Increase in tuition fees in the UK 'has not driven teaching improvement'

Thursday, 08 January 2015
Increasing the tuition fee cap to 9,000 pounds a year within the UK has not helped bolster improvements and innovation within teaching, in spite of the governments belief that it would improve overall teaching standards, according to the recent study update from the Universities UK's Student Funding Panel, which was set up last April to explore the current system and develop options for its future developments.


The Student Funding Panel, which consists of educational specialists, experts and high-profile individuals, spoke to a number of prominent figures in higher education and policy making before finding that there is "little evidence that the reforms have improved incentives for institutions to pursue innovations in teaching". The panel also believe that the fee increase has led to a decline in the amount of "flexible" places open to students, as the 2012 reforms corresponded with "the number of part-time undergraduate entrants to institutions in England having almost halved between 2010-11 and 2013-14".

Regarding the payment of tuition fees, the panel also shared concerns surrounding the amount of money being repaid by 2012-post undergraduates, with several members suggesting that the repayment period of 30 years was too long. The panel also voiced its thoughts regarding the current level of support available to students who struggle financial difficulties paying for tuition "who do not qualify for the full package of maintenance support".

Data published by the Office for Fair Access (OFFA) reveal that 130 out of 172 universities and colleges will charge 9,000 pounds per year for at least one course in 2015-2016. Several arts and fashion institutes including Central Saint Martins and London College of Fashion have increased tuition fees for new full-time entrants in 2014/15 to 9.000 pounds per year for their undergraduate courses for 'home' or EU applicants and note that "the tuition fee for subsequent years of the course may increase to the maximum permitted."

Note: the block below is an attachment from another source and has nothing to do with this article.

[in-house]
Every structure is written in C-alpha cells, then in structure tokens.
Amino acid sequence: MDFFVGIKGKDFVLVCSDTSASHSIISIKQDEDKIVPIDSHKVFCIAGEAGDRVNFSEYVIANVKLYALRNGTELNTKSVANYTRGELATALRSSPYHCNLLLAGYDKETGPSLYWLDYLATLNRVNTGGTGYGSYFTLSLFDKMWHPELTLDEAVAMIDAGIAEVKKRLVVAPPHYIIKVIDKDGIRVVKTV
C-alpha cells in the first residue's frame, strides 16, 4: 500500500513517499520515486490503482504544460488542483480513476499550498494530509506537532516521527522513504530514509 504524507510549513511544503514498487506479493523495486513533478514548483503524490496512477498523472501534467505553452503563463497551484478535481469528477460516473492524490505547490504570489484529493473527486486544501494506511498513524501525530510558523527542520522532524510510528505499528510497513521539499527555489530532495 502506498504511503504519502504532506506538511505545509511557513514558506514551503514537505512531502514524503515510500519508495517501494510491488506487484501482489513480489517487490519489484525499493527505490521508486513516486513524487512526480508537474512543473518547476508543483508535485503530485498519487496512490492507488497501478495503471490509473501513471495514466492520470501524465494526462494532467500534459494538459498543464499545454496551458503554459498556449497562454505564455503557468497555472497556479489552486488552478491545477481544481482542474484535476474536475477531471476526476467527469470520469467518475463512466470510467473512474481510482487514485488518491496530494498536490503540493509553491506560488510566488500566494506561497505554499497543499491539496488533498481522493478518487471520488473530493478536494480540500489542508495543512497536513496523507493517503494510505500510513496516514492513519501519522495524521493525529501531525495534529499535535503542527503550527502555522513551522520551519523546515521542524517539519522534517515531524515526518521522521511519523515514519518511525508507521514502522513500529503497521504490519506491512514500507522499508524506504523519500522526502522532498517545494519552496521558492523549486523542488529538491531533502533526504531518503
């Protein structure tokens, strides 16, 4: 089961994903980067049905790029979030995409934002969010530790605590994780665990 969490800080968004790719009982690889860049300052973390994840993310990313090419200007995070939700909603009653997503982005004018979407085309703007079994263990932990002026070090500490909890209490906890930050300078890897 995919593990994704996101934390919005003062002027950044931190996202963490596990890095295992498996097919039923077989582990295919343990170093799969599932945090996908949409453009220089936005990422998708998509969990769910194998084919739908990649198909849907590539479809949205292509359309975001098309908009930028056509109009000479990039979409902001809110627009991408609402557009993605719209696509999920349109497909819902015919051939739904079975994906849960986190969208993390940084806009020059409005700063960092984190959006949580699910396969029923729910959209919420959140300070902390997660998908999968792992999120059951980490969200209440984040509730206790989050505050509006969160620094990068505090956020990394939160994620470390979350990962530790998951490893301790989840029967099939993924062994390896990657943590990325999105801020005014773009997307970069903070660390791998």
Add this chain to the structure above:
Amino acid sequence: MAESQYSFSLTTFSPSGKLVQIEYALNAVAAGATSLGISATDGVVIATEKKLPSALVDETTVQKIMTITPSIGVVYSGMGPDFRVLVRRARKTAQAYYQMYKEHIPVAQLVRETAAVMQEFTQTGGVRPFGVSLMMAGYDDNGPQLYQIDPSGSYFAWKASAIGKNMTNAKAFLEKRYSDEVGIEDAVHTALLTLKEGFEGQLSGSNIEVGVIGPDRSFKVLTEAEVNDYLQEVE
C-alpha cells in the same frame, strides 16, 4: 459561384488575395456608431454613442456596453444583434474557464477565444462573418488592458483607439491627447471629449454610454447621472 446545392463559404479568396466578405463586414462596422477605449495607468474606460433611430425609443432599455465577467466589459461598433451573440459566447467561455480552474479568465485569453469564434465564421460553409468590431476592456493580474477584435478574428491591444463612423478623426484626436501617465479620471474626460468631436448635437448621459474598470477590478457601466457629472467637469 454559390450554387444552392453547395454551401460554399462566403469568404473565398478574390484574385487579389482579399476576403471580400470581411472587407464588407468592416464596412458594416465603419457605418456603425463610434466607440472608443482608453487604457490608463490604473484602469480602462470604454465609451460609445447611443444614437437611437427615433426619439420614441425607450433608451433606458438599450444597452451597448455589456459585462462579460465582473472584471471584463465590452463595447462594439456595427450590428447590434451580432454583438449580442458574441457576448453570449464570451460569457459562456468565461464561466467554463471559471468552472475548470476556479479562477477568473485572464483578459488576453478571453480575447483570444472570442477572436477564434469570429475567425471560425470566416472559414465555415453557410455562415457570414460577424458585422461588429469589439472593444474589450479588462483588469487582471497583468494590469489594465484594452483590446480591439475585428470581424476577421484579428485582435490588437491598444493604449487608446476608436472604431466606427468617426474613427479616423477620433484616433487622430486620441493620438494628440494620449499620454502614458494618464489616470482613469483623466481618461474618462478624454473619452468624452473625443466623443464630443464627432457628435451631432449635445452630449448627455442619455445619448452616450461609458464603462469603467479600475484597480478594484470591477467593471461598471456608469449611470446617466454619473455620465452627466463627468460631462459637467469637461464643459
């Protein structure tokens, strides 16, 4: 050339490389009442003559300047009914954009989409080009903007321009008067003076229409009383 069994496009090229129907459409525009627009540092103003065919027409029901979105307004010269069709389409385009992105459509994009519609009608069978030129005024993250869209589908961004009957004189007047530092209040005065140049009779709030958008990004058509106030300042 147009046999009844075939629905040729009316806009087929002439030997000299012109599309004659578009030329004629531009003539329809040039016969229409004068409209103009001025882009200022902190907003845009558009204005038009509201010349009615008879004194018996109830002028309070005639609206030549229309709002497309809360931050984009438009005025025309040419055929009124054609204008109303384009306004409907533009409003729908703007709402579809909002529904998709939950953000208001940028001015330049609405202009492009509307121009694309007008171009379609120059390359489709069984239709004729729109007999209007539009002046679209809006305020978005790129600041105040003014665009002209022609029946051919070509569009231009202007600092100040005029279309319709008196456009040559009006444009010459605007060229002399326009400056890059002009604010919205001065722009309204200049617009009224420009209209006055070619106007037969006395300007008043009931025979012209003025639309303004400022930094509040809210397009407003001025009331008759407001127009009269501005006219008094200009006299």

Despite the panel questioning the teaching benefits of increasing tuition fees to 9,000 pounds, a number of leading UK universities have also declined to reveal how they are spending their students fees.Influential think-tank, the Higher Education Policy Institute (HEPI), asked a range of higher educational institutes to share how they were spending the fees, but the majority of the institutes questioned, which include some of the UK's top universities, declined to answer. The director of HEPI, Nick Hillman argues that this silence would make it all the more difficult for these institutes to convince future MPs to increase the 9,000 pounds a year cap unless they became more transparent concerning their financing.

“I’d like to see our universities adopting an approach similar to the local authorities on how they spend their council taxes where they itemise spending on individual services,” he said to the Independent. The OFFA noted universities were investing more on fee waivers for potential students from poorer backgrounds, as well as scholarships bursaries and grants for existing students struggling financially. One such is the University of the Arts London, who has revealed that it is in line with guidance from the OFFA and committed to spend 25 percent of the additional tuition fee income from each new entrant in 2015/16 on "measures to improve access and retention" of students.

The panel stresses that "the higher education system needs to deliver value for money for the students - but also provide a stable funding environment and be sustainable for government."

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